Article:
Celebrate National Hot Dog Day:
Veggie Lovers’ Beef Hot Dogs
This post was sponsored by , a contractor to the Beef Checkoff. The North American Meat Institute (NAMI). All thoughts and ideas are my own.
Did you know July 17th is National Hot Dog Day?! No? Well, you’re probably not alone. There are so many random food holidays it seems that it’s hard to keep up… but this is one food holiday I have no problem celebrating!
As a dietitian and a type 1 diabetic, people often assume I eat a certain way, or that there are certain foods I’d never eat. But, in reality I eat almost any food. Some more than others, yes. But I’m a firm believer in enjoying what you like and eating a diet that provides both physical and emotional benefit… and hot dogs are one of those classic nostalgic foods that I love to enjoy from time to time.
And by loading it up with some of my favorite veggies, we’re adding some fiber and flavor that make for a deliciously nutritious and FUN meal.
So, before we get to the recipe for Veggie Lovers’ Beef Hot Dogs, let’s look at some of the corresponding facts surrounding processed/prepared meat.
First, “processed” simply means “prepared.” Processed meats are prepared at a plant – on a larger scale than you would at home. All meat must be prepared (or processed) before it is eaten. Whether preparation occurs at home or at a plant, similar processes are involved like cutting, chopping, grinding, seasoning, and cooking. And in the case of beef hot dogs, certain preservatives, some man made and some natural depending on what kind you buy, are added to create that classic hot dog flavor and prevent spoiling.
Second, any meat processed in a plant in the United States is subject to certain quality control standards. Meat processed in a plant must contain an ingredient statement and a nutrition label. All ingredients used in prepared meat products must be approved by the Food and Drug Administration (FDA) and accepted by the U.S. Department of Agriculture (USDA), which regulates and inspects meat and poultry products. Processed beef products are regulated and inspected by USDA inspectors before they can be sold.
And lastly, prepared meats have been a significant staple of global food cultures for centuries. According to studies evaluated by the 2015 Dietary Guidelines Committee, followers of the Mediterranean diet eat twice as much red and processed meat as followers of the standard USDA recommended pattern. (1) Meat processing began out of necessity before refrigeration was an option, by salting and drying as a means of preserving products and preventing spoilage. Processed meats have remained a favorite long after modern technology eliminated the need for them due to their beloved flavor and their ability to endure as a part of a balanced eating pattern.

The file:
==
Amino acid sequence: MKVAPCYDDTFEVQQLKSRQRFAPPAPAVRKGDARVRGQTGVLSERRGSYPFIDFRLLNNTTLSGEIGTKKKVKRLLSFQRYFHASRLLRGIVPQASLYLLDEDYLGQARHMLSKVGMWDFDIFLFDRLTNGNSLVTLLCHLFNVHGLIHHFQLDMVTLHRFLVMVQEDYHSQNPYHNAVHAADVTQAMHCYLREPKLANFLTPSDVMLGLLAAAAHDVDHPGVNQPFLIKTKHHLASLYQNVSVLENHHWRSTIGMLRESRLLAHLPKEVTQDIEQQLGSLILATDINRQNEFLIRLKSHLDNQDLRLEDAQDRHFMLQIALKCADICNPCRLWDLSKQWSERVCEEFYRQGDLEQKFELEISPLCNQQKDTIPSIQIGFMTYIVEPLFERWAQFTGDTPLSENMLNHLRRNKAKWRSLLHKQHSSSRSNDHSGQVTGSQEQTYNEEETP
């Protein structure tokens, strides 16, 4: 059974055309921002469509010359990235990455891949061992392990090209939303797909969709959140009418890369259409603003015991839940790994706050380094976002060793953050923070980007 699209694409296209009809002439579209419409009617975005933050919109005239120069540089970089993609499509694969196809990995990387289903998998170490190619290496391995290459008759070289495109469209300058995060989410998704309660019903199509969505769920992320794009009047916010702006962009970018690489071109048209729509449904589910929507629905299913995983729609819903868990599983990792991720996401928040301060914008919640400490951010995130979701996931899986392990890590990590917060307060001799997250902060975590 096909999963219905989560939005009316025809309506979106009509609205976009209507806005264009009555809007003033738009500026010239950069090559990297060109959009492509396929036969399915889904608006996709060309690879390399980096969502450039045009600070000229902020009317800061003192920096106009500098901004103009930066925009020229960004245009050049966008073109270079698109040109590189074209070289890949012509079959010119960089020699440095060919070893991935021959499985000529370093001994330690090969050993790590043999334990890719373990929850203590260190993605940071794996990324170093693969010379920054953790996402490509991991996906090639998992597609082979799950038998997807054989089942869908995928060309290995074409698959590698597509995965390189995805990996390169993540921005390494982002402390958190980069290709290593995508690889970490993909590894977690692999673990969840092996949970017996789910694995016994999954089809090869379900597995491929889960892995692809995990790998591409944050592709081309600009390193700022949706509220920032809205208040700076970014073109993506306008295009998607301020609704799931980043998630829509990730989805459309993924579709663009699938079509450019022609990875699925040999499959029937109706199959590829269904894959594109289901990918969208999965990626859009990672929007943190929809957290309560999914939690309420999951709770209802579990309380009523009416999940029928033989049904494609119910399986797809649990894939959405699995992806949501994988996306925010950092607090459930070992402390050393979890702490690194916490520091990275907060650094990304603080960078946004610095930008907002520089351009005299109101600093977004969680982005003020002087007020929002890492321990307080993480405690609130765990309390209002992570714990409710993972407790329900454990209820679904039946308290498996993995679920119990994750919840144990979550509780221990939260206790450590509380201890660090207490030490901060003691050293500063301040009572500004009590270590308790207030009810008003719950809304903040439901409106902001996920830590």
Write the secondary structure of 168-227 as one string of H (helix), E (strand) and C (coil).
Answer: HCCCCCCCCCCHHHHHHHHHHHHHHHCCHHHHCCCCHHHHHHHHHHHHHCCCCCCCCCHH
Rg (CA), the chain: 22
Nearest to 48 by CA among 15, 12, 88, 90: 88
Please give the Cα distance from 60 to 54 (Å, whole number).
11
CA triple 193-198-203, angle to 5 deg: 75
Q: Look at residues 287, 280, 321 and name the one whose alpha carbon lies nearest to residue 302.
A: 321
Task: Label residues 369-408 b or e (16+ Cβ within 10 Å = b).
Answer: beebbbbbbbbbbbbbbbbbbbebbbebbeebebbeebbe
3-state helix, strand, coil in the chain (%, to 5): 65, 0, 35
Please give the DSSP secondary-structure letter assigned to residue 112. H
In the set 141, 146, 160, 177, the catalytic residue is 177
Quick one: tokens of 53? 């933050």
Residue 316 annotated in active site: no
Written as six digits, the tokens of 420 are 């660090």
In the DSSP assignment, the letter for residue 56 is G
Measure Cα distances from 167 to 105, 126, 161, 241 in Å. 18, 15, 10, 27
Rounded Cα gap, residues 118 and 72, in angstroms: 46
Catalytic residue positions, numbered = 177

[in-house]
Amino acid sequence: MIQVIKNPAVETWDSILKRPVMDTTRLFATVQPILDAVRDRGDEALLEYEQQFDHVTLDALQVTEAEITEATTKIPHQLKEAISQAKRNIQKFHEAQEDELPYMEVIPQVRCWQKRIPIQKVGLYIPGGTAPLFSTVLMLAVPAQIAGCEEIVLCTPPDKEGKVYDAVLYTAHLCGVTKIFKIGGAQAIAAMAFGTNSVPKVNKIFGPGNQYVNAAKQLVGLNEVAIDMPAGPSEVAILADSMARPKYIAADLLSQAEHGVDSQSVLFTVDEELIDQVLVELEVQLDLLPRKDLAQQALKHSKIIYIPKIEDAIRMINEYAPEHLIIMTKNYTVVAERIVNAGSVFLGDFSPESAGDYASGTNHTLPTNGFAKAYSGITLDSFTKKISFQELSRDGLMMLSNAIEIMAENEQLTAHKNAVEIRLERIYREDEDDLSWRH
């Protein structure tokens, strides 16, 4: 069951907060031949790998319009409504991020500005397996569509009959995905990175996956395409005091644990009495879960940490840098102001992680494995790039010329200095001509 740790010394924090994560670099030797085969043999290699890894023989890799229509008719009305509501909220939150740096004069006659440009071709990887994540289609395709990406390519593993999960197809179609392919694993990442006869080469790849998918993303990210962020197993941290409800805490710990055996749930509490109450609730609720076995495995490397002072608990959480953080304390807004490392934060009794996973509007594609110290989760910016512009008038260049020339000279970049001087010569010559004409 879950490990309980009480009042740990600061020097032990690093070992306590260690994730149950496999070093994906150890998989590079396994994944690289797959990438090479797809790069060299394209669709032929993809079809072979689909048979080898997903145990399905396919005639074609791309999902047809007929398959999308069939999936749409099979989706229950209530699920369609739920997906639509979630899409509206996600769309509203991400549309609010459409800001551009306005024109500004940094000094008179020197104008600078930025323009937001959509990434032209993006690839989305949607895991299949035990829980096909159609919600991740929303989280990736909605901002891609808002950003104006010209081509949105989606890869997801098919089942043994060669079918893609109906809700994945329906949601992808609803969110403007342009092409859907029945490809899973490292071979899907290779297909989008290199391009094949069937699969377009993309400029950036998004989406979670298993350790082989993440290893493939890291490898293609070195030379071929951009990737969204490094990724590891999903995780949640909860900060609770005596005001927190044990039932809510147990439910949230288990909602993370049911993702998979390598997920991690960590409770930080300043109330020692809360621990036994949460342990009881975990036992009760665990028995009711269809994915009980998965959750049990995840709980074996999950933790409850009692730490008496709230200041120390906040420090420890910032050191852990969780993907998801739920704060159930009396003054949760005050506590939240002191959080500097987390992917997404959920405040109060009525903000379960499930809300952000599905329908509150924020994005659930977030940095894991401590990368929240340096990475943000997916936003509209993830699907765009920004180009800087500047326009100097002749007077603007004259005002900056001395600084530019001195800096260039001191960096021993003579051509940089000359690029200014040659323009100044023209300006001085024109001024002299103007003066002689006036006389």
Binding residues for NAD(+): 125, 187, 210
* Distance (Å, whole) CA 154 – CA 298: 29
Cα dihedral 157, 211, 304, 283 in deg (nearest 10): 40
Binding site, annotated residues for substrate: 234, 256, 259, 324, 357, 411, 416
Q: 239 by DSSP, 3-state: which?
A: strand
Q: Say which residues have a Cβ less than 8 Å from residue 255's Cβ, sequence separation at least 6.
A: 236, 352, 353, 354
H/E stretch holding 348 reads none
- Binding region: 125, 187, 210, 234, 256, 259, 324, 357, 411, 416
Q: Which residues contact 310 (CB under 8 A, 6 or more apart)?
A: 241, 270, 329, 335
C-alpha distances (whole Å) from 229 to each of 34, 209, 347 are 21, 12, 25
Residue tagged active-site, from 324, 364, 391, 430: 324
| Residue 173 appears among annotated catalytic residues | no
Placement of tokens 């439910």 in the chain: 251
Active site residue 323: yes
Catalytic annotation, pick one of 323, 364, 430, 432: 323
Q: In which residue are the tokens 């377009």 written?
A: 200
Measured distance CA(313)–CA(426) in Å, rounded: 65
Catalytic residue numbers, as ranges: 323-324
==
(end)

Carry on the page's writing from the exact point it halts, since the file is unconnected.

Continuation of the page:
For hot dogs, I prefer to buy 100% beef hot dogs.
1- USDA and DHHS. Dietary Guidelines for Americans, 2015-2020. 8th Edition, Washington, DC: U.S. Government Printing Office. https://health.gov/dietaryguidelines/2015/resources/2015-2020_Dietary_ Guidelines.pdf Accessed March 8, 2018.
And now, onto the recipe…
Celebrate National Hot Dog Day: Veggie Lovers’ Beef Hot Dogs
Time: 30 min
Yield: 4 hot dogs
1/2 yellow onion, sliced
2 Tbsp cooking oil (I use avocado oil)
1 pound Brussel sprouts, chopped
2 Tbsp maple syrup
1/2 tsp sea salt
1 Tbsp cooking oil
4 100% beef hot dog links
4 hot dog buns
Add 2 Tbsp cooking oil to a medium skillet and warm over medium, high heat. Add the sliced onions and toss until well combined. Let the onions sauté (covered) for 15-20 minutes, stirring every 5 minutes.
Meanwhile, to prepare the Brussel sprouts, combine the chopped Brussel sprouts, maple syrup, 1 Tbsp cooking oil and sea salt in a bag and shake until the Brussel sprouts are well coated…
Air fryer method:
Add the Brussel sprouts to the basket of the air fryer and cook on 400 degrees for 9 minutes.
Arrange the Brussel sprouts on a parchment lined baking sheet. Bake on 425 degrees for 20 minutes.
While the onions and Brussel sprouts are cooking, cook the beef hot dogs as desired (grill, microwave, pan sear, etc.), and heat the buns. (I like to spray my hot dog buns with a little oil spray and place under the broiler for 2-3 minutes.)
Note: If you want even more veggies in the hot dog, you can swap the traditional bread bun for a sweet potato! Simply steam the whole sweet potato in the microwave and slice down the middle. (See picture.)
To assemble the hot dogs:
Place each hot dog in the bun
Top with onions and the crispy Brussel sprouts.
Drizzle with dijon mustard (I prefer this one)
Serve immediately and enjoy!!